In the game Aveyond, water drops make sound based on your relative character position. In the game Chuzzle, the eyes of all the chuzzles follow you around, not to mention the adorable cuteness of when you click on them repeatedly. Maybe its grass blowing in the wind or the clouds floating lazily in the sky, perhaps it is as simple as having a character that blinks. These are all superfluous items and they are the absolute hardest to measure when it comes to seeing the effect the have on people... but I know when I watch someone play chuzzle that every so often they'll spend a minute just clicking on chuzzles to watch them make cute noises, and that is a sign that they are enjoying something that goes beyond the game mechanic, but enjoying the game world in which it is constructed. RPG, casual game, it doesn't matter... bring the user into your world through dynamic sights and sounds.
Tell Me a Story
I see a lot of games every day. A huge number of those simply lack a story. Maybe you can get away with no story when your game is truly unique, but if you want an edge, make a good story and find a good way to tell it. Many I have seen lately use a comic book style approach every few levels to tell an ongoing story... but what makes that story come to life?
I believe the biggest factor in a successful story is having a main character to which the reader can relate. This comic book style was seen in Diner Dash, Cake Mania, Betty's Beer Bar - all those games used the same story style (hell, almost the same story period). A female heroine trying to accomplish something in the 'real' world - usually with some grand agenda, like saving your family home or something equally corny. However, you look at the audience who is buying those titles and they are primarily older (by game standards) females. What a perfect main character for your primary audience. Each game genre will be different, but a strong connection to the character enhanced by good story telling will radically increase the player's attachment to the game and ultimately their likelihood of purchase. The biggest issue with story is it is the easiest one to 'mess up' and it is a fluff item that takes quite a bit of resources to do well, usually artistic resources. The most common way to mess up a story is to use a lot of text. People don't want text. The second most common is to use a character or motive that doesn't match your audience. The gun slinging gangster kid is not the right character for my cute bakery game. The third most common is to force the user to actually read and pay attention to it. A lot of people like the idea of a story and like to glance at the pretty pictures. Few of them actually want to know what's going on. Hence why it's so superfluous.
How to Score
Gee, I know you guy's aren't thinking this part of the article is a romantic advice column... but I have advice in that field as well. Flowers and Chocolate. Now, lets move on to something more important. Points. Almost every game has some kind of scoring system. It was Popcap who pointed it out to me first, the score impacts how people perceive they are doing in the game; and therefore impacts how much they enjoy it. Simply put, everyone likes to win. So what did they do to make people feel like they were winning more? They added 3-4 zeros to the end of the score. No longer were you condemned to get a mere 10 points, but now you could get 10,000 points for your brilliant move! I'd also avoid using score to attempt to dictate things like "how many lives you have left" - it makes score a source of pressure instead of a measurement of success. Simple stuff like adding some "particle" sparkles every 100,000 points or animating the score board in a "cute" way all make your game better. But the real thing to walk away from this discussion with is people like to win, and if all it takes is multiplying everything by 1,000... well I am no programmer but I can't imagine it's a hard change to make.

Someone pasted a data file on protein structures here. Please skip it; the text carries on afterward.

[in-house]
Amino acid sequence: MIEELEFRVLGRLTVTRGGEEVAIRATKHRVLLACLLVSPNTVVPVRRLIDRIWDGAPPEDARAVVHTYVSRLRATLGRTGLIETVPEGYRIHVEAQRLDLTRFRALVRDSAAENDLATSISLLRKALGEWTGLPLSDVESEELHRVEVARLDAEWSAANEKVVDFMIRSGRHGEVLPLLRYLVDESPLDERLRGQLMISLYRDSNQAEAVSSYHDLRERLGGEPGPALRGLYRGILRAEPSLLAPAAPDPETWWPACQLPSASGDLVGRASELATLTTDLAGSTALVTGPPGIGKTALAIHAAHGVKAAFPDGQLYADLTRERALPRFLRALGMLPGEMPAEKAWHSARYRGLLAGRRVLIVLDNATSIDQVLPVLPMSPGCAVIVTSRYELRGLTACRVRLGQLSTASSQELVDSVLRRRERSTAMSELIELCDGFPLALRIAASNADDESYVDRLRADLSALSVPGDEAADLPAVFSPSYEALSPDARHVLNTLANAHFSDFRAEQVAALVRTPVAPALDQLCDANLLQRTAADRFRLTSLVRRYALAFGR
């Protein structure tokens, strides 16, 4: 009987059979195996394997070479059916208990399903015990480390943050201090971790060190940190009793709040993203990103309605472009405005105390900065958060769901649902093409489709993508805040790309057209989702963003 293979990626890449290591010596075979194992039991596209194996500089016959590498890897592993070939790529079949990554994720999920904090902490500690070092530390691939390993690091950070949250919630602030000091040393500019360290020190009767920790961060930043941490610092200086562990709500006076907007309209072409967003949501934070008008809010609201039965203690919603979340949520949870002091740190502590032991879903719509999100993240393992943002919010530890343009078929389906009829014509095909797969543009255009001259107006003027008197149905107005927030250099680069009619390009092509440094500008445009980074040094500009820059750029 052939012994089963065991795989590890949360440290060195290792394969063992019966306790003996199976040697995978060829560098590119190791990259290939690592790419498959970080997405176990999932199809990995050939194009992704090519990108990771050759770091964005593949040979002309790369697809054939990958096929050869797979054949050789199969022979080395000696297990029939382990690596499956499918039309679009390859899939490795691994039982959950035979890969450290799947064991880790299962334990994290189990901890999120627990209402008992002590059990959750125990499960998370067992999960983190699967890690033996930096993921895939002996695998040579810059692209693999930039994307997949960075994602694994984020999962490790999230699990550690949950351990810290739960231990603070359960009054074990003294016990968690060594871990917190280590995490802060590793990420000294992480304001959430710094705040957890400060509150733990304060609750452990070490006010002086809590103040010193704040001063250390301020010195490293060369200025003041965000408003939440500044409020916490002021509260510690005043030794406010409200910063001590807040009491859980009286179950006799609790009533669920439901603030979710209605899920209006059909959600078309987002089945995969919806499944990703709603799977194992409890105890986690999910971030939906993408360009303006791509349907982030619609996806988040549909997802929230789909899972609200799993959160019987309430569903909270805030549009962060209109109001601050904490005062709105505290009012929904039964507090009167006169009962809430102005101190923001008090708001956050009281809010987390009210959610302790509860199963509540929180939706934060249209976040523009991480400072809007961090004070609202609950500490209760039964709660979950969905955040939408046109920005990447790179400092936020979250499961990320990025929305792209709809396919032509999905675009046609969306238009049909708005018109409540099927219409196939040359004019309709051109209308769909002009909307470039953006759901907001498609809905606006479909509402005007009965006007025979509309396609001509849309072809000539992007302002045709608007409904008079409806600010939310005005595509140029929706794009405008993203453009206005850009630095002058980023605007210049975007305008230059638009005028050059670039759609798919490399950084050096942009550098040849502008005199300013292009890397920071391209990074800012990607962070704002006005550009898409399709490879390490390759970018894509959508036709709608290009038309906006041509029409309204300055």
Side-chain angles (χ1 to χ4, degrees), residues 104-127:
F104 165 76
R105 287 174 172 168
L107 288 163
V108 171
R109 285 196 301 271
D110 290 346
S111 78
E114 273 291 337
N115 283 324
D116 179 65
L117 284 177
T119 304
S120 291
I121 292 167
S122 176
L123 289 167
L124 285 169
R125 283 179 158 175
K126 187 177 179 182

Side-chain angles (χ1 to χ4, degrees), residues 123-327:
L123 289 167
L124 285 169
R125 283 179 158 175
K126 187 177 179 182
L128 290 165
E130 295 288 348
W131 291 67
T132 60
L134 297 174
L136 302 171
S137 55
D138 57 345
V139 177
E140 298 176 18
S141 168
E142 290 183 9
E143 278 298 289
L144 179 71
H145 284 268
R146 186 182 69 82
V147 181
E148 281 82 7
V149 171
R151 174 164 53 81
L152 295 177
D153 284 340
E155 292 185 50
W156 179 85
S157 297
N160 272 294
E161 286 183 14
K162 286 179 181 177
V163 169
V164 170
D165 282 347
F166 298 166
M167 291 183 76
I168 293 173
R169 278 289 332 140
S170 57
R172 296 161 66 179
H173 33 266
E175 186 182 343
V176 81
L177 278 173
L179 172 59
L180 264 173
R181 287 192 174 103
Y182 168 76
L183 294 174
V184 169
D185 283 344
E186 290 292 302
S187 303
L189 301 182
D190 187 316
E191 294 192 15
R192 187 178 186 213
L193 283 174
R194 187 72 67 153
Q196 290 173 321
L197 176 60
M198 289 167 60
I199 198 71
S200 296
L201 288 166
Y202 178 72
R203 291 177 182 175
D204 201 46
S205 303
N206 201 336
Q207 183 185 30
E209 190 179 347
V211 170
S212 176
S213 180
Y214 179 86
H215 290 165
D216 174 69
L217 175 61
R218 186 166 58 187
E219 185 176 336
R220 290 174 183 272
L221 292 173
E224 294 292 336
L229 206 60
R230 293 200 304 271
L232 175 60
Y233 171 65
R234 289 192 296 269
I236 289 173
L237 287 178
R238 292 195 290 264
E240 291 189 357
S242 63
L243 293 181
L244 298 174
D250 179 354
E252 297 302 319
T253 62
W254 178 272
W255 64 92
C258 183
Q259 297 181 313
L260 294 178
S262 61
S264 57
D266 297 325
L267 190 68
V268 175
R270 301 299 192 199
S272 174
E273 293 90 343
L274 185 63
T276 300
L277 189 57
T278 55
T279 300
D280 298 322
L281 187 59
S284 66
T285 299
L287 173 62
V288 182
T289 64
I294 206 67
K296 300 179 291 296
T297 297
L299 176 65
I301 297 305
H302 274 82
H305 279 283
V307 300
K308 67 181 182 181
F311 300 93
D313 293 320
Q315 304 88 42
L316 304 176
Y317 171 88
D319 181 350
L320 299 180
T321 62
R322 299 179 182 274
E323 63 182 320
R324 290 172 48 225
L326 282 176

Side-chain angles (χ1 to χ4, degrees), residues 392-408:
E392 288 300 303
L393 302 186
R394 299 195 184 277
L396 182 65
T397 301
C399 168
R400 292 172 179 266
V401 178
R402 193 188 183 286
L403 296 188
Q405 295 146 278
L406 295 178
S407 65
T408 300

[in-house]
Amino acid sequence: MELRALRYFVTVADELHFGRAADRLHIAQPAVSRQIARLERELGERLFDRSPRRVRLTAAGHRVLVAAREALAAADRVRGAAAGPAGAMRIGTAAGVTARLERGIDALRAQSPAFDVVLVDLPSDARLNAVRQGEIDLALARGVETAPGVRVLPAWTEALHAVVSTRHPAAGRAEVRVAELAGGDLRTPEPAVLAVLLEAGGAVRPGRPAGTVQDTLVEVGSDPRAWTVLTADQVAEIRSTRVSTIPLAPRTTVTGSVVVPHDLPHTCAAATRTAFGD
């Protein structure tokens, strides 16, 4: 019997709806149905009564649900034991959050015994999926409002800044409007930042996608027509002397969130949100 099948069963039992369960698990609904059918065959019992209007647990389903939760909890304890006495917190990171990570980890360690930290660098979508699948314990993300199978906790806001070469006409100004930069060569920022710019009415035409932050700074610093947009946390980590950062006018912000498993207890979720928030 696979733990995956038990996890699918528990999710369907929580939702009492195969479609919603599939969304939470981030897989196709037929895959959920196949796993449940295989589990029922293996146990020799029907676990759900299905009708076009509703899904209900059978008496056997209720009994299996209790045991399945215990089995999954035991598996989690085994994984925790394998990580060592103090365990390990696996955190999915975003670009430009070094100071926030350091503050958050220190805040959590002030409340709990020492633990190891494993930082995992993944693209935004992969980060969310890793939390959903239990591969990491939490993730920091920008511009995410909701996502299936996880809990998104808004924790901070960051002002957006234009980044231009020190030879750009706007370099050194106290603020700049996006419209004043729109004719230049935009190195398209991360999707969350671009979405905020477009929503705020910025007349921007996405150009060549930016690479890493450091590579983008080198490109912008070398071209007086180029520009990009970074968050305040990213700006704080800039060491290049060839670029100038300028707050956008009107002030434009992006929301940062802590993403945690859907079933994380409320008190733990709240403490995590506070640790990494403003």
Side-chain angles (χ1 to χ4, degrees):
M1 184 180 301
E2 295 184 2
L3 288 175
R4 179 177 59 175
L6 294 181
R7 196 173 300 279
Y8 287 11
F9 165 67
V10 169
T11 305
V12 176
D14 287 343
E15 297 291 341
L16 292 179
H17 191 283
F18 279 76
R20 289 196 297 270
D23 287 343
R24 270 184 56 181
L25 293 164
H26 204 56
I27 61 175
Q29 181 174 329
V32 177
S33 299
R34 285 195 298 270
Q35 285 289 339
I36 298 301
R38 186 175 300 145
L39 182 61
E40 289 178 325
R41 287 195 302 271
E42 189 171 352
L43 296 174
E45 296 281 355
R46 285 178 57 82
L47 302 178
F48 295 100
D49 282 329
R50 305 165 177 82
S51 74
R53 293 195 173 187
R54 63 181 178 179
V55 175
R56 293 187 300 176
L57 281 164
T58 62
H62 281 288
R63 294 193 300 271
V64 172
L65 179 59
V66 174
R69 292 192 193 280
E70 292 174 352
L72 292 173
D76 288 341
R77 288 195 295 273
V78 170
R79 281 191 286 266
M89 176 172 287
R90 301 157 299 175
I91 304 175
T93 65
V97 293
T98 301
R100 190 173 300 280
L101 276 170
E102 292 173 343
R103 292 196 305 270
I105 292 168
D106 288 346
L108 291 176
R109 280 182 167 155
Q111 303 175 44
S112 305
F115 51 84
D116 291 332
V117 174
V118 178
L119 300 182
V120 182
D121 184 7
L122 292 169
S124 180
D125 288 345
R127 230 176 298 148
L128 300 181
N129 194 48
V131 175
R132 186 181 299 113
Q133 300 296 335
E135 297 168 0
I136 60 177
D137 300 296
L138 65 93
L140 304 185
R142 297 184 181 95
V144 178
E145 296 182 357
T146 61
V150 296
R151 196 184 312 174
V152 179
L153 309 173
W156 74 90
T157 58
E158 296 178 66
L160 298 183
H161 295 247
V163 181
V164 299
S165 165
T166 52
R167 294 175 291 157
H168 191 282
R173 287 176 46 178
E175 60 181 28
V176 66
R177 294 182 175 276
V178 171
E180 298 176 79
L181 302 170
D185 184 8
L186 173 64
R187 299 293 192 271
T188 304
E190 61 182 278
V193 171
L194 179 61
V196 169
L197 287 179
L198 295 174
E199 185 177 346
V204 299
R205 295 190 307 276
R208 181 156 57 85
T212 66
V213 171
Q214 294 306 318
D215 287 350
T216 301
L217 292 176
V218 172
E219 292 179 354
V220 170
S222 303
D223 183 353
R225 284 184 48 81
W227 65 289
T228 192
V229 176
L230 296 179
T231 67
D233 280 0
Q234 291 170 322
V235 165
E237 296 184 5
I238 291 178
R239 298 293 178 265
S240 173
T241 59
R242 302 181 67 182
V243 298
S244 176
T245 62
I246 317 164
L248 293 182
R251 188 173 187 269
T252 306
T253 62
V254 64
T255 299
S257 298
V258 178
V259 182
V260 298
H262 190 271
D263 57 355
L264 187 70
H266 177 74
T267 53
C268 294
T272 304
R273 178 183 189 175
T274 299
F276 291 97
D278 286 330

I'd like to thank everyone for reading the article in which I use the term superfluous more times than I ever have in a single document. It's a great word. Another great word is non sequitur.
What you should be taking away from these examples is that there are a lot of tweaks and changes that can be done to a game to simply make them sell better. There are plenty more than these 5 brazenly obvious examples. I tried to select ones that are very easy to see and recognize and did not influence the game play its self. However, there are a lot of these kinds of changes that are less obvious or do impact game play; such as power ups. Everyone loves power ups. Experiment, try new things, and be critical when asking yourself "Will my users get more joy from this, and will their enhanced joy bring me more sales?"